Like a comet streaking the skies in an unexpected flash – he was there one minute and gone the next. Twenty-four hours later, I notified the police. Then a blur of conversation: ‘Did he leave a note?’ ‘No, no – he didn’t leave a note’ ‘Did you have a row?’ ‘Nothing major - I was upset about the laundry this morning but we didn't row about it...’ ‘Was he depressed?’ ‘No, he wasn’t depressed – stressed with his job but who isn’t?’ ‘Is this out of character?’ ‘Yes, very much so…’ ‘Has he ever run off before?’ ‘Run off? No – no, he’s never run off before…’ ‘Is it possible that he is just timing out?’ ‘Without telling me? No – no, this is just not like him…’. In the events that followed: the police report, the search, the investigation, it was as if some deity had pressed the pause button on my world. My family, his family, and our friends all said that he’d be back but intuitively I knew he was lost to me forever.
In the first few weeks after his disappearance I carried on with the business of living. A part of me willed him to find his way home, but he never did. The sadness and unanswered prayers became lingering ghosts in his absence. As the days and weeks ticked on, with the cyclic tempo of dusk to dawn, I had to accept he was gone – for good.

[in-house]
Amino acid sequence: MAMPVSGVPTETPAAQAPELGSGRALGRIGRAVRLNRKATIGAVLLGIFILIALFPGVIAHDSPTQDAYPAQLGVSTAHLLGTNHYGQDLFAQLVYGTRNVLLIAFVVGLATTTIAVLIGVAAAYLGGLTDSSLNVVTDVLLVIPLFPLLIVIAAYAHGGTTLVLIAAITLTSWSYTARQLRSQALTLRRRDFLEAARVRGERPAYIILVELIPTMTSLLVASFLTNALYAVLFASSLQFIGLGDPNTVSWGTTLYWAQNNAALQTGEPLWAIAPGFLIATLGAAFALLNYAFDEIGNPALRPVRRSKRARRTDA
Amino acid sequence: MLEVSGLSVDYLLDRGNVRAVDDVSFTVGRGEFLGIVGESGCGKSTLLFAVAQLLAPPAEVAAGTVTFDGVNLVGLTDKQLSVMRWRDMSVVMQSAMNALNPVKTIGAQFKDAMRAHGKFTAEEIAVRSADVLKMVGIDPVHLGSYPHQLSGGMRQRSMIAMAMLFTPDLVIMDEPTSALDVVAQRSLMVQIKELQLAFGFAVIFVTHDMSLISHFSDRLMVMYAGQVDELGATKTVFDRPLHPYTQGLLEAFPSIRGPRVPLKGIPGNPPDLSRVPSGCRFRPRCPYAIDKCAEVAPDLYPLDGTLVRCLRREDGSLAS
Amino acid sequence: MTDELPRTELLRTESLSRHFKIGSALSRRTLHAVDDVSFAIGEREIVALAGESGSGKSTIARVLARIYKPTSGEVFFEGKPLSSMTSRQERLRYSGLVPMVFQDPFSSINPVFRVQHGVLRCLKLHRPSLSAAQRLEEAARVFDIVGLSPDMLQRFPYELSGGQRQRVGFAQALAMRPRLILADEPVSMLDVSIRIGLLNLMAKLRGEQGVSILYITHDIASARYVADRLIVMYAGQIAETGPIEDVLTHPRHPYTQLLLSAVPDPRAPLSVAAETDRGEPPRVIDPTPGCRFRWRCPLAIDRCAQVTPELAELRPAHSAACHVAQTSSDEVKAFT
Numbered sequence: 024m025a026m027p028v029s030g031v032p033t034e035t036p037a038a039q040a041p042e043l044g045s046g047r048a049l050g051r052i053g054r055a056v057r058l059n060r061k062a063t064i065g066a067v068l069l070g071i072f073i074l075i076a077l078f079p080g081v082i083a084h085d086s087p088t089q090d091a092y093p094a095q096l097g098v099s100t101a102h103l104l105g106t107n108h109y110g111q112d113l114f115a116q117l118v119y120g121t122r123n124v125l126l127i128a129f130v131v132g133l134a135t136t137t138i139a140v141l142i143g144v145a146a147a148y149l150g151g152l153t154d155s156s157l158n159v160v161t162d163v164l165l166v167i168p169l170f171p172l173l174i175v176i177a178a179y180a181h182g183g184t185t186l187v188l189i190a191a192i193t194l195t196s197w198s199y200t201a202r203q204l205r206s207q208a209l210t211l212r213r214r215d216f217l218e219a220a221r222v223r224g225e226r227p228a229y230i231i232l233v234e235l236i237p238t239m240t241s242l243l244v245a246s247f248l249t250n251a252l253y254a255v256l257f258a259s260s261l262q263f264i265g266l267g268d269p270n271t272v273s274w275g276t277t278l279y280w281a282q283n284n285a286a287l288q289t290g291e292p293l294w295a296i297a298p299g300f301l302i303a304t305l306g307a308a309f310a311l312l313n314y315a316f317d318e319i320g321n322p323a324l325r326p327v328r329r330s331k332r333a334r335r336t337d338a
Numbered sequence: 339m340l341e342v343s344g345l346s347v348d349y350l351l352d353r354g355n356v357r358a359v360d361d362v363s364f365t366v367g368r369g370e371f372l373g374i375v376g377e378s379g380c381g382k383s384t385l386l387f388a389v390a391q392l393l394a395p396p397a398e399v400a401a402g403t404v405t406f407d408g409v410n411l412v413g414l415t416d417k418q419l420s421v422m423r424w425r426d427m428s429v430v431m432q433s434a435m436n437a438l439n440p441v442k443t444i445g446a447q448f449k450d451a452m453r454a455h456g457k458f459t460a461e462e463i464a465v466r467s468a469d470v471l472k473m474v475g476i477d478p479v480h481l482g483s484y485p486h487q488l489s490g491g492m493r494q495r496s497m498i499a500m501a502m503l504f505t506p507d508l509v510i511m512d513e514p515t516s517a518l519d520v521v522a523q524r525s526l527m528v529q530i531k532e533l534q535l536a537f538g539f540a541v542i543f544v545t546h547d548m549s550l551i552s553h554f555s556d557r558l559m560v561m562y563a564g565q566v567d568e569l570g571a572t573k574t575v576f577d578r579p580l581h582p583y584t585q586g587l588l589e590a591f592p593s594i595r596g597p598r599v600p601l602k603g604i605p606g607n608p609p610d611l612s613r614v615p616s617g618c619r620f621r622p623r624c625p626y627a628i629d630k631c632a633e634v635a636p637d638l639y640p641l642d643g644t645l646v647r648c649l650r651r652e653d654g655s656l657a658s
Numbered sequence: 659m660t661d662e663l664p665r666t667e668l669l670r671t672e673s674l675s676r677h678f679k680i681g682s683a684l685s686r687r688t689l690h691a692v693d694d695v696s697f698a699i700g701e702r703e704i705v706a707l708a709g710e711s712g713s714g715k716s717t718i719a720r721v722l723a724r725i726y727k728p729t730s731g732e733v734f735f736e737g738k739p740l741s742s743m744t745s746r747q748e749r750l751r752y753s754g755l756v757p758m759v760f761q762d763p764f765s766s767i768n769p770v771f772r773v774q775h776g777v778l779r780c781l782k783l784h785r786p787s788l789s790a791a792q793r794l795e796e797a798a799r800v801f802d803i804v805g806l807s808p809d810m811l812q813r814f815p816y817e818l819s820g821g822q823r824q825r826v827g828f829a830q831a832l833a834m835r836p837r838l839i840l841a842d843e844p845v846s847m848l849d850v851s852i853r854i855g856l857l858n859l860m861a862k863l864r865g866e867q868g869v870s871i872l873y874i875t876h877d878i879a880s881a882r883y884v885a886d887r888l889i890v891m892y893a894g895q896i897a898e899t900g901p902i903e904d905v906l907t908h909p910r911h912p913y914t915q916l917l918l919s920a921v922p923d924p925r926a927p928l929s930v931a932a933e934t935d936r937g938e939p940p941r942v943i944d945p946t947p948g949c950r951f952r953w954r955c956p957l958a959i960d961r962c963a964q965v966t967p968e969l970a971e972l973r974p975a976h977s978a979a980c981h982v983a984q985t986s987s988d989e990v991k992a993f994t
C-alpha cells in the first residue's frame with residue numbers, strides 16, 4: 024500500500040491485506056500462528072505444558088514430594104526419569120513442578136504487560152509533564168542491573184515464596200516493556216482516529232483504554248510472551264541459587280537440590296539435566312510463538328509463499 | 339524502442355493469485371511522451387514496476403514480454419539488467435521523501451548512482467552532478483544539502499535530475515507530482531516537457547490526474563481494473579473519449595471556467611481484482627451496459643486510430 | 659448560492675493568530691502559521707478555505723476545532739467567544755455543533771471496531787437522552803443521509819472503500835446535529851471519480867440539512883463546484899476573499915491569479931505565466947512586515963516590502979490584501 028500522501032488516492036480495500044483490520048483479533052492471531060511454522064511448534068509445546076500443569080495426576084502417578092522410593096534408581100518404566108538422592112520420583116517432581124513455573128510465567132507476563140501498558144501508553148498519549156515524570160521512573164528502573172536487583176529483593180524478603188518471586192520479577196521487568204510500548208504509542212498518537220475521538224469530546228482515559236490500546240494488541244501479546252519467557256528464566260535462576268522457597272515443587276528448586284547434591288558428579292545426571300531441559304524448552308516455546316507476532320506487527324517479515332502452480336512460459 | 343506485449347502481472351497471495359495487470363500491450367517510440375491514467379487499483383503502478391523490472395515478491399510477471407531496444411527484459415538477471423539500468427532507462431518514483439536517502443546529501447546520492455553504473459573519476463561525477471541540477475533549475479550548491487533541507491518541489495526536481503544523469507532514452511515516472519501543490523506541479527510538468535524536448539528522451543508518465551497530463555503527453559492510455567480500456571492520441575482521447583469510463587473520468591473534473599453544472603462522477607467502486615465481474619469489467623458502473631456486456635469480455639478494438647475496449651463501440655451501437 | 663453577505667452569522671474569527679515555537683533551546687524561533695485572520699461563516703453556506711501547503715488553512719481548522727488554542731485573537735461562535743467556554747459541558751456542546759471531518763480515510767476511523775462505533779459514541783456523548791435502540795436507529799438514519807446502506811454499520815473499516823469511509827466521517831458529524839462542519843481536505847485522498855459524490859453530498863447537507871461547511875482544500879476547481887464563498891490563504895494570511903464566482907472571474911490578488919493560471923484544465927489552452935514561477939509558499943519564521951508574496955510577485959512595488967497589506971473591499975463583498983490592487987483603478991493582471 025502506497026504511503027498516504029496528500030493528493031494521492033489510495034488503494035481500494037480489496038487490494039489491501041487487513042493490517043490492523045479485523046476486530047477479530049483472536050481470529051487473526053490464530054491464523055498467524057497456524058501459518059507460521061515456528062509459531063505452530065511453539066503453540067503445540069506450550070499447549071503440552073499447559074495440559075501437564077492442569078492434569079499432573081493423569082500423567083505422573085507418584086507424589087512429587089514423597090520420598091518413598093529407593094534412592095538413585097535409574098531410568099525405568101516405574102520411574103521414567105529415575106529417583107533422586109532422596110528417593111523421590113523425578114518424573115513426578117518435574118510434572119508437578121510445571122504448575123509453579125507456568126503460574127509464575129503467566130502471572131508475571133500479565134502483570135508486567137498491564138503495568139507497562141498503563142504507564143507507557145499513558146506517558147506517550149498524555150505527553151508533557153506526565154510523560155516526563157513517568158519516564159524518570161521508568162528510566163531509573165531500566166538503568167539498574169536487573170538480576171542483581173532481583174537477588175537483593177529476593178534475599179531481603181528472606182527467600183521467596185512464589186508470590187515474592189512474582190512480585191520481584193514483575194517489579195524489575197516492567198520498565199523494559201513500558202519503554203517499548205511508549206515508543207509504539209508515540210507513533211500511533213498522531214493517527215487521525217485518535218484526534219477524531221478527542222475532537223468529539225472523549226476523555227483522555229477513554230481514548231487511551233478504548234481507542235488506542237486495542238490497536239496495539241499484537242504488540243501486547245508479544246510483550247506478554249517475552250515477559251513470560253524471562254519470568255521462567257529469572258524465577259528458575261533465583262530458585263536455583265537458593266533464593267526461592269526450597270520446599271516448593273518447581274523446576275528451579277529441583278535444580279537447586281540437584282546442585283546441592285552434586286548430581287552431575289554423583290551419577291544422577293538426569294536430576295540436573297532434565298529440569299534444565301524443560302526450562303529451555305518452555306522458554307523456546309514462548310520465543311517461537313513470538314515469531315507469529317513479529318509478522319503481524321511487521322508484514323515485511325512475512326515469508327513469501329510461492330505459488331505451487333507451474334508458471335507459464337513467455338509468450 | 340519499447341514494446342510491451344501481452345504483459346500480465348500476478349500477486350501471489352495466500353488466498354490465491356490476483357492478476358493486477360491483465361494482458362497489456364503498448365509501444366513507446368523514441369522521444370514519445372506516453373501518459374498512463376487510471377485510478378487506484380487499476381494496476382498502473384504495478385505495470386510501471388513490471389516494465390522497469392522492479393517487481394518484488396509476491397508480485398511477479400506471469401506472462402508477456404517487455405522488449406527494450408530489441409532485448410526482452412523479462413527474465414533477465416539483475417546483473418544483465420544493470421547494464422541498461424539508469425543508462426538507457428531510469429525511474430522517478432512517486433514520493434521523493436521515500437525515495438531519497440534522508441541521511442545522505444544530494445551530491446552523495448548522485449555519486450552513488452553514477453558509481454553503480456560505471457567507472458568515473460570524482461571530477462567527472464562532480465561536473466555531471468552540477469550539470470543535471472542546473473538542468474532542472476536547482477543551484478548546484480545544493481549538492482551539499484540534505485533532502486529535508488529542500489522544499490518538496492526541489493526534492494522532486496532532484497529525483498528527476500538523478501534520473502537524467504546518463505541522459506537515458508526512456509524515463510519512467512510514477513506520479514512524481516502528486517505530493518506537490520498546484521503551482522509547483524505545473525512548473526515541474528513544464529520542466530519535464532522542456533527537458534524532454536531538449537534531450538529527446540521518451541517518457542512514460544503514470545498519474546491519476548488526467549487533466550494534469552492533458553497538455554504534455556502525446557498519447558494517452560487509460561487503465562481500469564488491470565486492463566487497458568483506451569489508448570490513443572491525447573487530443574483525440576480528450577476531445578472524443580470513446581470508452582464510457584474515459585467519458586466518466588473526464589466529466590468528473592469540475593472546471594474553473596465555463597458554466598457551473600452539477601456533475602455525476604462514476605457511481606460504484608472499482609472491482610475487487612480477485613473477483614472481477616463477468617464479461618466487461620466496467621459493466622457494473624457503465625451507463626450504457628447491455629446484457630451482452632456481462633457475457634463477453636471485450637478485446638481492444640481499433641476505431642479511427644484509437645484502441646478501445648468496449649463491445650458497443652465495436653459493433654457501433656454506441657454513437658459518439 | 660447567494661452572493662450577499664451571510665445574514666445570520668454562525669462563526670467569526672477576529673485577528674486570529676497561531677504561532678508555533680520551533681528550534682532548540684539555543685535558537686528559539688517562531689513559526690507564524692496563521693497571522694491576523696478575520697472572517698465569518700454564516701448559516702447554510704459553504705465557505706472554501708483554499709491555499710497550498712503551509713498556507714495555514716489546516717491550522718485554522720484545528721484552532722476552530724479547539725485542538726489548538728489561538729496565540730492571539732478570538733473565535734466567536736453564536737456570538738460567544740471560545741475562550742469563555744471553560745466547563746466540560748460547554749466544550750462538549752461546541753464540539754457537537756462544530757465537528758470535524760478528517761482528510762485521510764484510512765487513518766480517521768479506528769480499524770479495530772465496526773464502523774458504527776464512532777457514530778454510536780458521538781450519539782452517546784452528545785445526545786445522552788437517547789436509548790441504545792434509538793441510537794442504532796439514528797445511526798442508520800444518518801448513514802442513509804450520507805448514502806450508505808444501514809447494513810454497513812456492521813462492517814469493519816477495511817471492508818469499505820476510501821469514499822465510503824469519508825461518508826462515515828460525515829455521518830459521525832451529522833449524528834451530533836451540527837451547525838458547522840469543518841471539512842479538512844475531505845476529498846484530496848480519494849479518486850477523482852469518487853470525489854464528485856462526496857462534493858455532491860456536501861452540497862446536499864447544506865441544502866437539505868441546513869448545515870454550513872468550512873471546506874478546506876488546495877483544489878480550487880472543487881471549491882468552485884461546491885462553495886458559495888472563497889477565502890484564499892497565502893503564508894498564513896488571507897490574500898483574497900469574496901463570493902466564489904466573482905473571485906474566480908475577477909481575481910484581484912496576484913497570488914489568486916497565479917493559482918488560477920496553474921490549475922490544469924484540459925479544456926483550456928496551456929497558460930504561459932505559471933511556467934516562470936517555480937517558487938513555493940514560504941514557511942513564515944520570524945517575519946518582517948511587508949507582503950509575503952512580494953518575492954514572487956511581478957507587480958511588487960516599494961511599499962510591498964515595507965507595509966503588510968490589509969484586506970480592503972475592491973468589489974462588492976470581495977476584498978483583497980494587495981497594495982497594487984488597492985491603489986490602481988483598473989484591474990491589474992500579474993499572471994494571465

Six months passed before I began to sort his things. I couldn’t bring myself to donate any of his belongings to charity so I boxed them up and hauled them into the cellar with the help of my sister and a friend. I don’t think I could have got through it without their support. With each item I packed away, I buried any future I might have had with Morten. I shed silent tears for all the dreams we’d had. The wedding we’d planned for the summer; the child we’d never adopt; the trip to Singapore we’d chatted about… The only item I kept was his guitar. It stood – a sombre shadow in the corner of the room we'd shared for six years. It was the only thing knitting the memories we’d created. I remember how we first met when he was playing at a concert in a Custard Factory venue. From the moment I spotted him on stage, he captivated me. There was something about him; his reddish hair caught in a ponytail; and the intensity in his pale eyes that would occasionally close as he vanished into another world fashioned by acoustic melody. It was during the interval that I’d finally plucked up the courage to say ‘hi’. He’d looked up and smiled, that lazy smile I fell in love with. That is how we’d started. Now, with his laughter gone, all I had to comfort me was the anthem of his soundless guitar.